Many history books written by western intellectuals have a very biased opinion about Islam. This is explained very well in this book, along with the background hatred that propels it. It is true, however, that If you observe how many Muslims behave today, and what they do as described in these books, you will see a lot of consistency. But there is a big difference: Muslims have changed and were different when they were powerful as rulers as compared to how they behave now. As pointed out in this book, when they were leaders, they had a clear understanding of authentic Islam and were following the direct commands of Allah as given in the Quran. They were never corrupted by self-proclaimed scholars and saints. An issue pointed out in this book is that good leaders emanate from good people and strong leaders cannot magically change people overnight.
There are many significant assertions in this book, with which you may not agree, but no critique of any philosophy or religion is ever tame. There has not been any current intellectual discussion among Muslims as to why they are behind. The only ones that get attention are from ‘learned Imams’ and such, who often blame people for not ascribing strictly to whatever the Imams think. A vast majority of present-day Muslims are not aware that they have one of the best guidance from the Creator Himself. It is an unutilized treasure and many of them will be upset, as the reasons mentioned in this book are not what is programmed in their minds. A study in Artificial Intelligence shows that the process in a mind to convert a thought into words is pretty complex. The forbidding criterion set up by religious-educated Imams is so high that such thoughts can’t persist in a Muslim’s mind, for the complex process to start working. And so thoughts pass away as thoughts and no one questions Imams. In a way, faith freezes thoughts. On top of that, the strength of faith is noted as a measure of making it to heaven and this scares them further. As people who have stopped thinking, they quickly get angry.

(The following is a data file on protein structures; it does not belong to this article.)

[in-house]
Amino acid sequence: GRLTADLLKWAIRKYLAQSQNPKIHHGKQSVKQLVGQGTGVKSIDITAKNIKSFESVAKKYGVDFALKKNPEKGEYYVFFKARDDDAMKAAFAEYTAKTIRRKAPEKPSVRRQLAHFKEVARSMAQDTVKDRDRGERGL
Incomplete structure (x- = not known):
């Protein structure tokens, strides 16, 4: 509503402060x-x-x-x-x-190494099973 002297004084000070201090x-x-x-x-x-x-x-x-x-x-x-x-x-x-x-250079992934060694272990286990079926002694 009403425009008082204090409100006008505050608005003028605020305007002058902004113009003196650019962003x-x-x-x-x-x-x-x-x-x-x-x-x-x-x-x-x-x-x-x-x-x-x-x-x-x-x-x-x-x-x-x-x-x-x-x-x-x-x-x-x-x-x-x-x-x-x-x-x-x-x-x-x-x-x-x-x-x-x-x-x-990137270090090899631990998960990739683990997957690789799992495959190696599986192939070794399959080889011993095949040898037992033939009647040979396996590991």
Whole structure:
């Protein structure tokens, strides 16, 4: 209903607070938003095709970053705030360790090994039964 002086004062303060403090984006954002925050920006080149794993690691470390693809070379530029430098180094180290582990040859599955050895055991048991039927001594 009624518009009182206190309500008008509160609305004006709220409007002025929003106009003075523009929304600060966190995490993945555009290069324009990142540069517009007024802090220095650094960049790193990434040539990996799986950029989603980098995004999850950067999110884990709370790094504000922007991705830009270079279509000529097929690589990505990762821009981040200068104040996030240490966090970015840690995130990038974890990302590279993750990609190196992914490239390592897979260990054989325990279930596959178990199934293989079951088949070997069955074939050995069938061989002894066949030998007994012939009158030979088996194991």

Overall, the book challenges people, both Muslims and Abrahamic people to think and question their current premises of how the current level of development in our world was reached. Reading this book requires concentration and great interest. The four sections following the introductory part deal with over 32 states described in the context of how they upheld Allah’s commands and overcame disasters. Most of the states didn’t have borders as defined today and had people moving freely between states. What you will find in this book is a consistent approach tying physically evidence and correcting deliberate, misleading information about how Muslims ruled. The dynamic of Ummath and humanity. The balance of managing conviction and consensus. You will indeed be surprised as to how well-thought out Muslim thinking was and see how depraved it has become now, on the average. Muslims were clever, at times very violent, yet were guided by strong, fair principals from the Creator Himself. As mentioned in this book, Turkish and TurkoFarsi people and societies were the most advanced people in every field and centuries ahead of their times as compared to Europe under the First Reich. Transmission of knowledge from these states along with trade finally helped Europe free itself after separating religion from state and this spurred them to the Industrial revolution.